On Tuesday, we looked at five great iOS apps for working from home. While all of those (apart from the game, perhaps) work on the Mac, let’s take a look at five Mac apps that will help you be more productive behind your front door.
First, tap a look at that list of five iPad apps. It includes Focus, a break-reminder app; Toggl, a time-tracking app; Slack, a team communication platform; Fiery Feeds, an RSS news-reading app, plus the distracting game of your choice.
Now let’s see what Mac apps can make your COVID-19 work-from-home experience better.
Work-from-home Mac apps
If you’re working outside your usual office environment, then you are also outside of any on-site security measures. If you work for a large employer, perhaps the IT department already mandated strict security for your Mac. If not, you might need to take a few measures yourself.
One good idea is switching on FileVault, which comes in all recent versions of macOS. FileVault offers built-in, full-disk encryption for your Mac. However, even newer Macs with the T2 security chip still don’t come with FileVault enabled by default.
Luckily, turning on FileVault is easy. Once you’ve done that, your data will stay safe, even if you lose your Mac. And if you ever sell your computer? FileVault means you can safely erase your disk in seconds, and it’s safer that the olde-style “secure” erase option.
Carbon Copy Cloner or SuperDuper.
Maybe even more impotent than encrypting your Mac is backing it up. The built-in Time Machine is a good option, but nothing beats a good bootable, full-disk backup. SuperDuper and Carbon Copy Cloner are the apps you need for this — excellent software from great developers.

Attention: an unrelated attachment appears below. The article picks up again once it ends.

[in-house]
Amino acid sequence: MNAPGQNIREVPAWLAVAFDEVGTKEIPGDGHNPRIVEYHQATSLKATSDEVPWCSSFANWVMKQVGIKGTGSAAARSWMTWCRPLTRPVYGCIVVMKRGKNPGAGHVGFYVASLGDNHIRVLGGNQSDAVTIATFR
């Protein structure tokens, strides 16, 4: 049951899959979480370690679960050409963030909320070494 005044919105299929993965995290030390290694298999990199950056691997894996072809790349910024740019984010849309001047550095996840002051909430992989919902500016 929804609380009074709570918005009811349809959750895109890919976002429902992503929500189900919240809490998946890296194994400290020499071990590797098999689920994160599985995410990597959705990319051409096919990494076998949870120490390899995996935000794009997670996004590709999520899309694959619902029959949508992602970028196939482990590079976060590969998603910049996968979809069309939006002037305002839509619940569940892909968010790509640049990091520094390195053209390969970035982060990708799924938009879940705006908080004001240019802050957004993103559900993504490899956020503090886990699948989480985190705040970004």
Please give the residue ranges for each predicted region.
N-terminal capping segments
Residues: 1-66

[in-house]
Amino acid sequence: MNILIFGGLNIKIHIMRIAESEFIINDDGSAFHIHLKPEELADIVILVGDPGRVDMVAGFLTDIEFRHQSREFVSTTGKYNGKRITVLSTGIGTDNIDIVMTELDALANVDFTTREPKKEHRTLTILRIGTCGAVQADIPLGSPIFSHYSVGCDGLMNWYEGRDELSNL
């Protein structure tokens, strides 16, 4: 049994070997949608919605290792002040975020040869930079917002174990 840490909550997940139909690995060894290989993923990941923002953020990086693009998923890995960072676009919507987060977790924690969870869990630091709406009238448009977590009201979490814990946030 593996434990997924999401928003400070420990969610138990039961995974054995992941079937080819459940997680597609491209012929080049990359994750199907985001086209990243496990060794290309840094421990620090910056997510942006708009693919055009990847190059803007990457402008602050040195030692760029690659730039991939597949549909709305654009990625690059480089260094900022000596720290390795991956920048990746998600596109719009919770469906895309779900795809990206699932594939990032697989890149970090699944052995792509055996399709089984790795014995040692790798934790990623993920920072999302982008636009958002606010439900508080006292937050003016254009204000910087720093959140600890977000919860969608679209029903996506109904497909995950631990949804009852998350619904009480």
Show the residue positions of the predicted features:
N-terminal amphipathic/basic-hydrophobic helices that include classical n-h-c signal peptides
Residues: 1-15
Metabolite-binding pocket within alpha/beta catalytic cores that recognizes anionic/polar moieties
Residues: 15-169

A full-disk backup is an exact clone of your Mac’s disk (possibly minus a few system files that don’t need to be copied). If you shut down your machine and reboot using the clone, then it should look exactly the same as where you left off. This is much quicker than a Time Machine restore, which requires copying everything from the backup to a fresh installation of macOS.
Both SuperDuper and CCC make incremental backups and work on a schedule. The first backup takes ages, of course, because it’s copying everything on your Mac. But subsequent backups only copy stuff that changed or newly aded data.
Both apps also let you try them out, so there’s no excuse.
Carbon Copy Cloner
Download: Carbon Copy Cloner (macOS)
Download: SuperDuper (macOS)
If you ever need to connect to any server, computer, web thingy or otherwise, you can do it with Transmit. What started as the best FTP, WebDAV, S3 and FTP app around can now connect to Google Drive, Dropbox, Backblaze and all those other web services.
In fact, Transmit is so nice that you might prefer it to these services’ native clients. As the Dropbox app continues to bloat, for example, you might consider deleting it, and using Transmit instead.
Price: $45 with free trial
Download: Transmit from the App Store (macOS)
We all know Skype, and we’ve all used it. FaceTime may be better and easier to use, but it’s iOS-only. Skype’s biggest advantage is that everybody already has it, so it’s very easy to hop on a call. And it’s not just for work-related conference calls. Skype is good for chatting to your Android-using family members and your PC-loving friends.
Download: Skype (macOS)
It’s hard to overstate the importance of regular breaks, and of actually taking those breaks. I use the Focus app, mentioned above, because it works on both Mac and iOS. But if I worked on the Mac only, I’d use Awareness. It’s an old app, but still works fine on non-Catalina Macs. Awareness sounds a relaxing bong every half-hour (you can change the time period). Then, you have to actually stop using your Mac for a few minutes to reset the timer. If you miss a break, the next one gets a more annoying bong to try to force things.
The nice thing about Awareness is that you can just set it and forget it, and it works anytime you are using your Mac. If you naturally get up and take a break, the timer resets and doesn’t bother you.
Download: Awareness (macOS)